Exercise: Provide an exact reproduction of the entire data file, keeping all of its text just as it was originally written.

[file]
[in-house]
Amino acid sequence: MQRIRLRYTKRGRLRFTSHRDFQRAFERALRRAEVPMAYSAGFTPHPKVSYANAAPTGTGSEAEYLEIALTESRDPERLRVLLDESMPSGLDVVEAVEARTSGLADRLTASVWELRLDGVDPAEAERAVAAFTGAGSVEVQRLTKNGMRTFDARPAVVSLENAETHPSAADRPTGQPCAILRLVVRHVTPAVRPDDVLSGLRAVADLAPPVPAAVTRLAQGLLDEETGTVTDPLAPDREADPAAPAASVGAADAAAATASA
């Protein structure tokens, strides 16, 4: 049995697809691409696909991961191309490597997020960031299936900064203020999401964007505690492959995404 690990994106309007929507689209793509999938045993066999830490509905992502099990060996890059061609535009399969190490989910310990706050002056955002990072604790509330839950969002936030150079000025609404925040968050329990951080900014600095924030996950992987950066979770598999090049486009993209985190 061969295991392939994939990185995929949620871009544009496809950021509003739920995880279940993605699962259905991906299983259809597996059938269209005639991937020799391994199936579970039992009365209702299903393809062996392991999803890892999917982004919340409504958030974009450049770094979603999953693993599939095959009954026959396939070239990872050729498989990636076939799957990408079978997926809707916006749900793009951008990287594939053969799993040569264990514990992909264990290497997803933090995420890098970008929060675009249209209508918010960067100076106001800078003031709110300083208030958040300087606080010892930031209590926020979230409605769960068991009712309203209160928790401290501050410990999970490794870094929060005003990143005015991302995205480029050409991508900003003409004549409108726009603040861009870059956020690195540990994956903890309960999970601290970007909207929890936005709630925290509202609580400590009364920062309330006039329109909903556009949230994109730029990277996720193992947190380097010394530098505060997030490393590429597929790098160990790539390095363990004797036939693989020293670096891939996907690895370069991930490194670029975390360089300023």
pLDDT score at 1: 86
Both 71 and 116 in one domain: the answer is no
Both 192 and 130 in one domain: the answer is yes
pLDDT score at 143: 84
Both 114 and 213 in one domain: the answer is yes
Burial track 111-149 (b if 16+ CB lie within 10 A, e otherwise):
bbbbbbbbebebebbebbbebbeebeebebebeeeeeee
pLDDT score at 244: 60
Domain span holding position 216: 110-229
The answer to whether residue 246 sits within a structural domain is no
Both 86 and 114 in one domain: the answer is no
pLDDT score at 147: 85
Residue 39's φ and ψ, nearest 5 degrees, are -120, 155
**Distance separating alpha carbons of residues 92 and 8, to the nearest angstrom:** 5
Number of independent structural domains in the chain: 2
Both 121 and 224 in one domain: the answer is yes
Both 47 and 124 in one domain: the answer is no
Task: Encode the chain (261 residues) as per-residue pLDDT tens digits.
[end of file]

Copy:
[in-house]
Amino acid sequence: MQRIRLRYTKRGRLRFTSHRDFQRAFERALRRAEVPMAYSAGFTPHPKVSYANAAPTGTGSEAEYLEIALTESRDPERLRVLLDESMPSGLDVVEAVEARTSGLADRLTASVWELRLDGVDPAEAERAVAAFTGAGSVEVQRLTKNGMRTFDARPAVVSLENAETHPSAADRPTGQPCAILRLVVRHVTPAVRPDDVLSGLRAVADLAPPVPAAVTRLAQGLLDEETGTVTDPLAPDREADPAAPAASVGAADAAAATASA
């Protein structure tokens, strides 16, 4: 049995697809691409696909991961191309490597997020960031299936900064203020999401964007505690492959995404 690990994106309007929507689209793509999938045993066999830490509905992502099990060996890059061609535009399969190490989910310990706050002056955002990072604790509330839950969002936030150079000025609404925040968050329990951080900014600095924030996950992987950066979770598999090049486009993209985190 061969295991392939994939990185995929949620871009544009496809950021509003739920995880279940993605699962259905991906299983259809597996059938269209005639991937020799391994199936579970039992009365209702299903393809062996392991999803890892999917982004919340409504958030974009450049770094979603999953693993599939095959009954026959396939070239990872050729498989990636076939799957990408079978997926809707916006749900793009951008990287594939053969799993040569264990514990992909264990290497997803933090995420890098970008929060675009249209209508918010960067100076106001800078003031709110300083208030958040300087606080010892930031209590926020979230409605769960068991009712309203209160928790401290501050410990999970490794870094929060005003990143005015991302995205480029050409991508900003003409004549409108726009603040861009870059956020690195540990994956903890309960999970601290970007909207929890936005709630925290509202609580400590009364920062309330006039329109909903556009949230994109730029990277996720193992947190380097010394530098505060997030490393590429597929790098160990790539390095363990004797036939693989020293670096891939996907690895370069991930490194670029975390360089300023």
pLDDT score at 1: 86
Both 71 and 116 in one domain: the answer is no
Both 192 and 130 in one domain: the answer is yes
pLDDT score at 143: 84
Both 114 and 213 in one domain: the answer is yes
Burial track 111-149 (b if 16+ CB lie within 10 A, e otherwise):
bbbbbbbbebebebbebbbebbeebeebebebeeeeeee
pLDDT score at 244: 60
Domain span holding position 216: 110-229
The answer to whether residue 246 sits within a structural domain is no
Both 86 and 114 in one domain: the answer is no
pLDDT score at 147: 85
Residue 39's φ and ψ, nearest 5 degrees, are -120, 155
**Distance separating alpha carbons of residues 92 and 8, to the nearest angstrom:** 5
Number of independent structural domains in the chain: 2
Both 121 and 224 in one domain: the answer is yes
Both 47 and 124 in one domain: the answer is no
Task: Encode the chain (261 residues) as per-residue pLDDT tens digits.